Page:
Course 107: A Tour through the Balance Sheet
Shareholders' Equity
In this course
1 Introduction
2 Assets
3 Liabilities
4 Shareholders' Equity


As noted earlier, shareholders' equity is equal to total assets minus total liabilities, and it represents the part of the company owned by its shareholders. It's generally broken down into three main subheadings.
 
Par Value of Stock. Par value is a legal fiction designed to protect the personal property of the company's shareholders from creditors in the event of bankruptcy. Basically, the law says that such property is protected, as long as the company's stock was issued at or above its par value--so companies arbitrarily set the par value very low, generally around $0.01 a share. The total par value of a company's stock is often a negligible amount, but it has to be listed on the balance sheet anyway. Contributed Capital (Above Par Value). Contributed value represents the amount above par value that shareholders have paid the company for their stock. Note that this isn't necessarily the same as the current market value of the stock, since the company itself doesn't get anything when its stock is traded between third parties (which is essentially what goes on in the stock market). Contributed capital only refers to money the company got when it first issued the stock, either in an IPO (initial public offering) or in a secondary offering. Retained Earnings. Retained earnings represent the profits the company has earned, minus whatever has been paid out as dividends. It's cumulative, so each year the company makes a profit and doesn't pay it all out as dividends, retained earnings grow some more. Likewise, if a company has lost money over time, retained earnings can turn negative and are often renamed an "Accumulated Deficit" on the balance sheet. One final thing to keep in mind about balance sheets is that they are merely snapshots of a company's financial health at a given point in time. This is unlike the income statement or the statement of cash flows, which tally a company's activity over a period. Balance sheets always have dates on them, typically listed at the top, and this indicates the time the "snapshot" was taken.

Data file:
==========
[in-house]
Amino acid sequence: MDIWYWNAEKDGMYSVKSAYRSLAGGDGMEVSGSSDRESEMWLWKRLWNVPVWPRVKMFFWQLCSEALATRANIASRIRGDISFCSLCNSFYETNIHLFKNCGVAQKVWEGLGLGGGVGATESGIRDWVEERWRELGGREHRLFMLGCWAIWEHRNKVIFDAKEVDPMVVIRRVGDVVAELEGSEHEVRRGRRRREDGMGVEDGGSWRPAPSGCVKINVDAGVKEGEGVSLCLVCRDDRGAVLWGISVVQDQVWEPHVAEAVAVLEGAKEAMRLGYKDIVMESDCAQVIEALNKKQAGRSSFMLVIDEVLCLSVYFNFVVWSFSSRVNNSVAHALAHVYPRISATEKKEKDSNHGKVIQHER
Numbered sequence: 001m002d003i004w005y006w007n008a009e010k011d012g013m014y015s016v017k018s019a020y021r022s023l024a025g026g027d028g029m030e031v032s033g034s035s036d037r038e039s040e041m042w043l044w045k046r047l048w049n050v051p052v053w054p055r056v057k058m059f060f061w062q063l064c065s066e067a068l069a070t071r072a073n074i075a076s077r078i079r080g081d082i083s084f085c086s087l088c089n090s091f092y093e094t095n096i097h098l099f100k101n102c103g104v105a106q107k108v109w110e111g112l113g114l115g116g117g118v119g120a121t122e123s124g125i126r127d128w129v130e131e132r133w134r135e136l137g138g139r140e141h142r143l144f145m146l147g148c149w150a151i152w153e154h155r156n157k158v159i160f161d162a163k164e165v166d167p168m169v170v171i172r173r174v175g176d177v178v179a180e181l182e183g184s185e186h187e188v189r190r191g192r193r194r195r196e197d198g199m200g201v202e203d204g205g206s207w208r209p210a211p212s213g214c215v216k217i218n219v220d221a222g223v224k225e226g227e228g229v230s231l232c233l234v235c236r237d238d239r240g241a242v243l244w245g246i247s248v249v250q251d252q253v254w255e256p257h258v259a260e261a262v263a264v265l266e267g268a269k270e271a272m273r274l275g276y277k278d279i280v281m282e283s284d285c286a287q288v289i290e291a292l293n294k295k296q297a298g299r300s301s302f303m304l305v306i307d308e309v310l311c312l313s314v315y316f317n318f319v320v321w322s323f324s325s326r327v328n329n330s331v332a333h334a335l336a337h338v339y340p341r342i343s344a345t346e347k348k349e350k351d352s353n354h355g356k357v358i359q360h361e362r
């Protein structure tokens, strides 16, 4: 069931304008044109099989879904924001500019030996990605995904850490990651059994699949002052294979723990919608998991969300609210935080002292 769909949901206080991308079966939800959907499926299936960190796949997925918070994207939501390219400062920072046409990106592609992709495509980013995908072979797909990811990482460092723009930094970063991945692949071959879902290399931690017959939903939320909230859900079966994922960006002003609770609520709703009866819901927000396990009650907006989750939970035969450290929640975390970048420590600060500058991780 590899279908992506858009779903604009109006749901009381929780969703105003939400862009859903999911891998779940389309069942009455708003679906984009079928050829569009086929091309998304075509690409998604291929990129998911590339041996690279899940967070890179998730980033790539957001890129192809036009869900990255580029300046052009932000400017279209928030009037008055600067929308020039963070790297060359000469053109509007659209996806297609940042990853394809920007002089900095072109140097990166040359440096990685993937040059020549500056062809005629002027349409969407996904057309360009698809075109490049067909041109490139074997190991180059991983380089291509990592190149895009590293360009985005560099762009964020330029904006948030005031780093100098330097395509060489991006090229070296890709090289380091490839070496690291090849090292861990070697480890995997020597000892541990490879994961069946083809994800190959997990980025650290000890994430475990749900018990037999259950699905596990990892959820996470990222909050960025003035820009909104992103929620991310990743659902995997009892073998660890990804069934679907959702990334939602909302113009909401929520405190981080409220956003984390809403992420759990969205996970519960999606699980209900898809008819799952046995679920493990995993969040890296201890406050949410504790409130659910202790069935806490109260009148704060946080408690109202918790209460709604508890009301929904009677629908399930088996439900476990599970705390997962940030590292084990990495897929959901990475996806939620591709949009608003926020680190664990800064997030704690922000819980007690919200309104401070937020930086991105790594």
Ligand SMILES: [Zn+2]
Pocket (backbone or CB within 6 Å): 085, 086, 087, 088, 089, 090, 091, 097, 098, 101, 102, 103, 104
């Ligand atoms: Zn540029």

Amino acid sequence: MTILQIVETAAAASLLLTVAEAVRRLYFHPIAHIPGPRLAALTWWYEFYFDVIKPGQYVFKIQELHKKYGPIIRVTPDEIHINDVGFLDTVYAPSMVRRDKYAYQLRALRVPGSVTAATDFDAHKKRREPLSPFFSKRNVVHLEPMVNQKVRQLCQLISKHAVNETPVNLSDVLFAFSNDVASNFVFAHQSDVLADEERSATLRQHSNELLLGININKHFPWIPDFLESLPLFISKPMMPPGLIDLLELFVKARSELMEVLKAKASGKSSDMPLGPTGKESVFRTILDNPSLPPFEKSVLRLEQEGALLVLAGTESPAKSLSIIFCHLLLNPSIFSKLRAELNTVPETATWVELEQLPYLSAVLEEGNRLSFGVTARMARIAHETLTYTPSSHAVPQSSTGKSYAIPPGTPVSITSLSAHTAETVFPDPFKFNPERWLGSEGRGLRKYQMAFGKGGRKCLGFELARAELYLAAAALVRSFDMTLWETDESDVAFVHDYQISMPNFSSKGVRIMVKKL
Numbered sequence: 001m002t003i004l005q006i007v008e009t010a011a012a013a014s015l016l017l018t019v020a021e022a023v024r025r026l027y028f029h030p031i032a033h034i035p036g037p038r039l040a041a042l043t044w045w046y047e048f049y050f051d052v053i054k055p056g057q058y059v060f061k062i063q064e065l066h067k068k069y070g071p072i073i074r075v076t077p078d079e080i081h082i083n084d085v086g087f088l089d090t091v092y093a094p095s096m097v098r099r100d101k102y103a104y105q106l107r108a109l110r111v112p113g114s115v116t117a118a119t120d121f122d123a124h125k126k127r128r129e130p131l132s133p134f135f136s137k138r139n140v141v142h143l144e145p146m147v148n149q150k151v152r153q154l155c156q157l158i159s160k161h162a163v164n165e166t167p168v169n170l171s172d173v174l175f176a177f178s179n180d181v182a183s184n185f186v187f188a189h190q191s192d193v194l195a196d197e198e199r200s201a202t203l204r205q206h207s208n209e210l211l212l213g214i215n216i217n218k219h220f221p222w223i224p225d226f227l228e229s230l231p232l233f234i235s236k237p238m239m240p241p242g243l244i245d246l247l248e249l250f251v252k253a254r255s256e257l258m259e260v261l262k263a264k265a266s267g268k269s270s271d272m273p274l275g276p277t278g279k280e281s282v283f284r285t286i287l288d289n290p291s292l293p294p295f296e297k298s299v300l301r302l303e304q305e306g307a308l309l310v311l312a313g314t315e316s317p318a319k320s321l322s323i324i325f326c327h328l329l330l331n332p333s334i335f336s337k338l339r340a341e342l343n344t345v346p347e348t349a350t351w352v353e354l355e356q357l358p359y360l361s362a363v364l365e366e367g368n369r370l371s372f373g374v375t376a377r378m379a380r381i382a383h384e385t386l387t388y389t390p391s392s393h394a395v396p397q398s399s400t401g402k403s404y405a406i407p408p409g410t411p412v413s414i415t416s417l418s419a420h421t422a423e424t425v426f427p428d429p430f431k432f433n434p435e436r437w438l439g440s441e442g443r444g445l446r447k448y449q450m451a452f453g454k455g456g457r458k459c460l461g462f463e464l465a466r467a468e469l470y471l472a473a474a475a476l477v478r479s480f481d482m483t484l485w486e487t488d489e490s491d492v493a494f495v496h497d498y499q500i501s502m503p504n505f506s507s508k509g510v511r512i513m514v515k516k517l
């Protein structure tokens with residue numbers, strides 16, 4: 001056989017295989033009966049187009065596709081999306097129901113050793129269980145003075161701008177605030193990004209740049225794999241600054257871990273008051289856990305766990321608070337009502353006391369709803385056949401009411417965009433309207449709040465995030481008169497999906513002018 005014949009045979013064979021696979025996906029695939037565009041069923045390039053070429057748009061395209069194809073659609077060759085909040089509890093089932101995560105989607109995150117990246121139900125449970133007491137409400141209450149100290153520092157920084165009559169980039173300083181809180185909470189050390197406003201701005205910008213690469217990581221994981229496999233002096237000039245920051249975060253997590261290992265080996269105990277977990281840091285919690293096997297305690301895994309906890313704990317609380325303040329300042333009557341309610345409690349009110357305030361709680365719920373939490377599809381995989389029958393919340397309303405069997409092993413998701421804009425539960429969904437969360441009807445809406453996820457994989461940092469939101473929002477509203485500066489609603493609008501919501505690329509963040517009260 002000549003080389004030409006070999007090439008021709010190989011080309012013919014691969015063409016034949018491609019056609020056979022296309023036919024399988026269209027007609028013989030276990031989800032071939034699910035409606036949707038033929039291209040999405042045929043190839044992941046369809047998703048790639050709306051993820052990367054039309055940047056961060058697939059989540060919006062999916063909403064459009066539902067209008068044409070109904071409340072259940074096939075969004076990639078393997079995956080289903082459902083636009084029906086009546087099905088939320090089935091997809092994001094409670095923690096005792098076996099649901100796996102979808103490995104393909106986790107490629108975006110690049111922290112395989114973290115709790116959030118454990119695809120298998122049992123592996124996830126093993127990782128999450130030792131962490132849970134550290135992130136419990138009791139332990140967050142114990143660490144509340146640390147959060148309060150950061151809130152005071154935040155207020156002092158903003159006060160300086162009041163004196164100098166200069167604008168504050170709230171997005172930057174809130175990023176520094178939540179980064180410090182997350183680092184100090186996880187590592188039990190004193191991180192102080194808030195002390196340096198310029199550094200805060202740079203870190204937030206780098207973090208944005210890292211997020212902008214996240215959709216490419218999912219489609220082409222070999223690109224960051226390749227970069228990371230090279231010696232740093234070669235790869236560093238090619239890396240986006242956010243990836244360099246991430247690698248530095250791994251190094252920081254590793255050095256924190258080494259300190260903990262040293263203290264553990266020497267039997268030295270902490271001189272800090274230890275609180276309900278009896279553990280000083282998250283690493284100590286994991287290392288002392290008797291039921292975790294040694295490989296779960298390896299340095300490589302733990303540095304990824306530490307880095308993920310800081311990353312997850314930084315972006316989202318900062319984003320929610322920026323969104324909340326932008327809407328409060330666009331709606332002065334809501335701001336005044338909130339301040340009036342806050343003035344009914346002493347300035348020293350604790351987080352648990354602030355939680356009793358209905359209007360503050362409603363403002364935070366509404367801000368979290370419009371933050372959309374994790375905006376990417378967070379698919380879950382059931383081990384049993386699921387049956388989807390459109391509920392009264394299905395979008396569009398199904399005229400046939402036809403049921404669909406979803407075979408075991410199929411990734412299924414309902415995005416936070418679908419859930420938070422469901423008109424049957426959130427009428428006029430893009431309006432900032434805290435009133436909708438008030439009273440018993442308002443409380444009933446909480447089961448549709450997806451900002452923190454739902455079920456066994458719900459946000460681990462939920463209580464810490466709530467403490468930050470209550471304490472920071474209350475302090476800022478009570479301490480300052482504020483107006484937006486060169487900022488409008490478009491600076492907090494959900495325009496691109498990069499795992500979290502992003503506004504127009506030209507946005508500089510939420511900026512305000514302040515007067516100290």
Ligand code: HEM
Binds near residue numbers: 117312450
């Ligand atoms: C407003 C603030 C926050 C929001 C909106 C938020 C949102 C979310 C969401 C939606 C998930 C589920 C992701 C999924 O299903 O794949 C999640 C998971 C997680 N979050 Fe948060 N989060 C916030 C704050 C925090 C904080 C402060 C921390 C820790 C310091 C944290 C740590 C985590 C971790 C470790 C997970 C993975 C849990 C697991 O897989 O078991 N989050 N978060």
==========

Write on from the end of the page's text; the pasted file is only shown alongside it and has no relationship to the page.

Next: The Quiz >>


Search
Print Lesson |Feedback
Del.icio.us Del.icio.us | Digg! digg it
Learn how to invest like a pro with Morningstar’s Investment Workbooks (John Wiley & Sons, 2004, 2005), available at online bookstores.
Copyright 2015 Morningstar, Inc. All rights reserved. Please read our Privacy Policy.
If you have questions or comments please contact Morningstar.